Back in 2014, Remezcla touched ground in Puerto Rico to get the skinny on an electrifying new scene pushing the boundaries of hip-hop en español for an explosive documentary we called Trilligan’s Island. Capturing lighting hosiadera in a bottle, the film featured rising stars like Álvaro Díaz and Mike Towers; influential lyricists and MCs who paved the way for the subsequent globe-dominating tidal wave of Latin trap. Another scrappy crew of trailblazers included in the doc were Füete Billete, a rowdy trio comprised of BB Johnson, Pepper Kilo, and DJ and producer Free Bass. Filthy, uproarious lyrics and malevolent trap beats set Füete Billete apart from their contemporaries, with fans basking in the unfiltered raunchiness of their undeniable party anthems.
The groups’ 2013 debut Música de Capsulón remains one of the most beloved and respected documents of early Latin trap, yet following high profile international appearances and buzzy collaborations, little more than the occasional single has materialized since…until now. Earlier this month, a rumor began spreading on Twitter that Füete Billete would release their highly-anticipated sophomore album in time for Halloween, and the crew has happily delivered a trick and a treat. MMXX (2020 in Roman numerals) is a patchwork of incandescent deep cuts from their scrapped Papelón City LP, woven into new jams drenched in the band’s signature hedonism and delving into riveting new beat combos.
Boastful gems “Hector” and “Pinnochio,” the latter featuring Gaby Chuleta, are poignant reminders for the new generation of traperos that the doors they shuffled through were first kicked open by a smoky, boozy pack of kids from San Juan. MMXX is rife with gratifying nods for longtime fans, from hilarious skits about clingy girlfriends and drug-wary preachers, to the iconic mattress creaking sample from “TRÅ” reemerging on “Bajale.” Even the cheeky surreal-ness of the album cover which features a blinged out Bat Boy -the famous logo of Puerto Rican tabloid Weekly World News- seems designed to reignite our love of songs that make us twerk and chuckle, without feeling like those urges are at odds with each other.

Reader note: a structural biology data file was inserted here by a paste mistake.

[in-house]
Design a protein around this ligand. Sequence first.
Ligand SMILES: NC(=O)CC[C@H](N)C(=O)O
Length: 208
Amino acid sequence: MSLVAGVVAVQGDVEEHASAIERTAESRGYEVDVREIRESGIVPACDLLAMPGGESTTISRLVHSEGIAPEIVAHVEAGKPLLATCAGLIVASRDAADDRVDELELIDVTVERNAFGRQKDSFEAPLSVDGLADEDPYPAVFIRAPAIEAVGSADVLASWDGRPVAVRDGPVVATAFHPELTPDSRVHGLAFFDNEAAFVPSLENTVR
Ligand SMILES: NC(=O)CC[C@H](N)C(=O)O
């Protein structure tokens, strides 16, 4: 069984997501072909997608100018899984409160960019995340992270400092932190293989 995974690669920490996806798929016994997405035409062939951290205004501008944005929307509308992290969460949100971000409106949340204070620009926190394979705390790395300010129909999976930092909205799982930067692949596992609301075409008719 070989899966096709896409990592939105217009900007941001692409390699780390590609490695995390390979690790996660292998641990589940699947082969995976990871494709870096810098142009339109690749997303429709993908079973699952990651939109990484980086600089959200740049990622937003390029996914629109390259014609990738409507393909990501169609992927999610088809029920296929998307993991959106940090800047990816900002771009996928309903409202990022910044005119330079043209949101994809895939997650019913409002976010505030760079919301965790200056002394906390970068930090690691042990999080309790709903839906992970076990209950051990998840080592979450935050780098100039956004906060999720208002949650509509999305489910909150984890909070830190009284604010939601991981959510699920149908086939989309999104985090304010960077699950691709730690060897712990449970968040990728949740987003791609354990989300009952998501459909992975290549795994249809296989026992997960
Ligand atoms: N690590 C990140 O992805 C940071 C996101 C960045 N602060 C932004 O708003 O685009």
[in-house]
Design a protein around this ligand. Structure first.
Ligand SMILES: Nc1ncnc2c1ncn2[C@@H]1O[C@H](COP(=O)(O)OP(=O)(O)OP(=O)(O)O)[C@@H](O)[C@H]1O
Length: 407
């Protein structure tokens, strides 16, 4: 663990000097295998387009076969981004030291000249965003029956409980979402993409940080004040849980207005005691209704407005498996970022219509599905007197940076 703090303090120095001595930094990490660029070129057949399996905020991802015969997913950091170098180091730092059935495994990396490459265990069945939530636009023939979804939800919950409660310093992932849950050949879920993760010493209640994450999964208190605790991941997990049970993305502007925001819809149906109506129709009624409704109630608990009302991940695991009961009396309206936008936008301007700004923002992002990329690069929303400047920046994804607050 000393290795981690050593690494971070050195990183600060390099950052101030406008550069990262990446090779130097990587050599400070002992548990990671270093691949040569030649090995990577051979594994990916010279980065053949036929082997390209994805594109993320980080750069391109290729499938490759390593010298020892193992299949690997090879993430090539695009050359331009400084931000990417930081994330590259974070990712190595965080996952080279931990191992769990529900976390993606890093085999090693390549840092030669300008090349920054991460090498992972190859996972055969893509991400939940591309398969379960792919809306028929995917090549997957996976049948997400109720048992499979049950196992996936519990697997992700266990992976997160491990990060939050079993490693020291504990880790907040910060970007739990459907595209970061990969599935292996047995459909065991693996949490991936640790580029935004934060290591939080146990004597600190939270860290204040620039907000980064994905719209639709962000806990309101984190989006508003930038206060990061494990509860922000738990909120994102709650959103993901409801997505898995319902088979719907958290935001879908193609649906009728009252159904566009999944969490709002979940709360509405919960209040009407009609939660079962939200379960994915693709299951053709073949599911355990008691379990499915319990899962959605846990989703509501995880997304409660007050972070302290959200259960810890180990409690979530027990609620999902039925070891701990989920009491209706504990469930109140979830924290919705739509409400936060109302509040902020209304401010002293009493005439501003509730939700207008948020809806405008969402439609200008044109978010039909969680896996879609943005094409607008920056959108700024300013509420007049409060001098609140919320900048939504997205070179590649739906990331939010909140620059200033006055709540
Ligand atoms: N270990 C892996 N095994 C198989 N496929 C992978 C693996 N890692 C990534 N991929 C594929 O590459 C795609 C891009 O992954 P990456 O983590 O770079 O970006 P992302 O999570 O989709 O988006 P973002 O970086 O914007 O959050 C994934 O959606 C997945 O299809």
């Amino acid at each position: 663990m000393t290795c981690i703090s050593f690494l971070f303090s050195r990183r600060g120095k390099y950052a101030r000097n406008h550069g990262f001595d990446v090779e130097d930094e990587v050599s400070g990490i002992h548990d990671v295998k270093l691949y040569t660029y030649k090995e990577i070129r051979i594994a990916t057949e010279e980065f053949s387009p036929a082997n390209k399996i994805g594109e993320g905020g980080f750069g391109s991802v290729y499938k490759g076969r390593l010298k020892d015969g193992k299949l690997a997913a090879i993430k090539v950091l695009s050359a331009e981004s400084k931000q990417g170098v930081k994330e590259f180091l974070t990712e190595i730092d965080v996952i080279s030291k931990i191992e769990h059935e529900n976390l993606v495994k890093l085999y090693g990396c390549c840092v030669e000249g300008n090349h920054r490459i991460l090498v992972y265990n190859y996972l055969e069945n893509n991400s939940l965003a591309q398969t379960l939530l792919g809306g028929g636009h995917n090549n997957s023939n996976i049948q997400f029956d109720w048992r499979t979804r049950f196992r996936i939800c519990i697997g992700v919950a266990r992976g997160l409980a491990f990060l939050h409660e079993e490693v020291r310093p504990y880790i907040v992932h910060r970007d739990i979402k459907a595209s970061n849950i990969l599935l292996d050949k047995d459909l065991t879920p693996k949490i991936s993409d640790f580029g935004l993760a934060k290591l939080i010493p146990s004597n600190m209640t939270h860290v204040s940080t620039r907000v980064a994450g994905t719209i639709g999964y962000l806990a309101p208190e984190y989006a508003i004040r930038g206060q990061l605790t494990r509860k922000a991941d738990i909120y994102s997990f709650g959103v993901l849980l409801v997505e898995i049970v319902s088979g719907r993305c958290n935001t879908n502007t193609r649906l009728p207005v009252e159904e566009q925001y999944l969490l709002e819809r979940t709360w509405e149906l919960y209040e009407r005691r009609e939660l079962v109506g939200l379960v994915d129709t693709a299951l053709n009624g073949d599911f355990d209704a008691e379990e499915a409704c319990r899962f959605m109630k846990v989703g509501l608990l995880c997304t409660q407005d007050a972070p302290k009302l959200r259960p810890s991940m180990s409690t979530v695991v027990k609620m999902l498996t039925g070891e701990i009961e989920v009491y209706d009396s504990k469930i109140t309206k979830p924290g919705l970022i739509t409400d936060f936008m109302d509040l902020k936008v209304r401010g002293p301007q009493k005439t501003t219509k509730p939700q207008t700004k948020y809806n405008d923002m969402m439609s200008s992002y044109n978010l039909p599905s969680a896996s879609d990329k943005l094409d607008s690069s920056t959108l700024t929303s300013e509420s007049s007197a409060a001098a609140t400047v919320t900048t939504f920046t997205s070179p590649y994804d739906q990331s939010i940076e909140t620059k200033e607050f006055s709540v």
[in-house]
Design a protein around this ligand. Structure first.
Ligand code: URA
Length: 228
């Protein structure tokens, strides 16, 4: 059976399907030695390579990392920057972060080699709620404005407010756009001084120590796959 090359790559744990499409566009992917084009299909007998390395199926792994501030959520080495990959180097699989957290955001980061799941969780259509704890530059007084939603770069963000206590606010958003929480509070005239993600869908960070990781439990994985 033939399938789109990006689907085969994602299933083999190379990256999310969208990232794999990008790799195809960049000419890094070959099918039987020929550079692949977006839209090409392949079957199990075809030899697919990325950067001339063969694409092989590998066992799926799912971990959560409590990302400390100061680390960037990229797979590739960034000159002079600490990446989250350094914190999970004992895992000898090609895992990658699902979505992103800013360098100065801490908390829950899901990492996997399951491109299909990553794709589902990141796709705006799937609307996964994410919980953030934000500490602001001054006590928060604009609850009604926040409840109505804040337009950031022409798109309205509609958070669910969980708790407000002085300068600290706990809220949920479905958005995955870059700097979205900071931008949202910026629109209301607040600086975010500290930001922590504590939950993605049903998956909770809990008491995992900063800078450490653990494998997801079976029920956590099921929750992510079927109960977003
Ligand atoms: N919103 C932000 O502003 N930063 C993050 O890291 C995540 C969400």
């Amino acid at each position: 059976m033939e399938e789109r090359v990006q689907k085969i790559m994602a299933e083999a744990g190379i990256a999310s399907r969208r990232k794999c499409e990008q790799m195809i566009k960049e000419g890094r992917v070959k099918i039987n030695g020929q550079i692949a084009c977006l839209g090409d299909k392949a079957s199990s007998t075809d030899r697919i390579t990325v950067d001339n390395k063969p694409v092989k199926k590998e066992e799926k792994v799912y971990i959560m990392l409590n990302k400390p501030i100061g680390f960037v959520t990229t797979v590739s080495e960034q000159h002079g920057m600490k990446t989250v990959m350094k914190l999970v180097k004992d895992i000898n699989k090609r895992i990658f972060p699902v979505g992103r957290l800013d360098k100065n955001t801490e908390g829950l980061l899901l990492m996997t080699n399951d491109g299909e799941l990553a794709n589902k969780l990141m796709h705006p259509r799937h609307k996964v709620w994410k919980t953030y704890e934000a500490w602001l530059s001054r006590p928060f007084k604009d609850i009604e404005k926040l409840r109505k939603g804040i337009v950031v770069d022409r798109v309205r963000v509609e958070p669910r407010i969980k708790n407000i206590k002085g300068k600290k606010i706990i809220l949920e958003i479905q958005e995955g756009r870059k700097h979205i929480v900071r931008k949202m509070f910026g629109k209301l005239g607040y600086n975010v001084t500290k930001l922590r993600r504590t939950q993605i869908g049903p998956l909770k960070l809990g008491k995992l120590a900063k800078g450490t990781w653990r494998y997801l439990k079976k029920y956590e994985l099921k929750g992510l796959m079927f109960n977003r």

However, MMXX strives for much more than nostalgia. Flairs of ambient experimentation shine on the criminally short “Sea Lo Que Sea,” while “Sex Beat Baile” ruminates on the hybrid possibilities of baile funk and trap, further explored on the Paul Marmota and Lao-produced “Bizcochote.” Providing a deeper glimpse into the ill-fated Papelón City project, which was originally slated for release via NAAFI, Marmota and Lao bring their sinister production to standouts “Scandaloza,” “Hector,” and album closer “Tribales,” which features Chilean neoperreo goddess Tomasa del Real. Most of the album’s guest spots are reserved for production, with Young Martino coming through on “Vienen Por Mi,” Daniyyel dropping in on “Perros,” and Hector Soundz polishing up “Jaragan” and “Isla Piedra.”
The years of anticipation and excellent execution behind MMXX only make the release more formidable, and devoted fans will take heart in learning this is very much the album they’ve been waiting for. In our dystopian 2020, if Füete Billete can’t get you feeling ‘bien guillao,’ I’m not sure what will.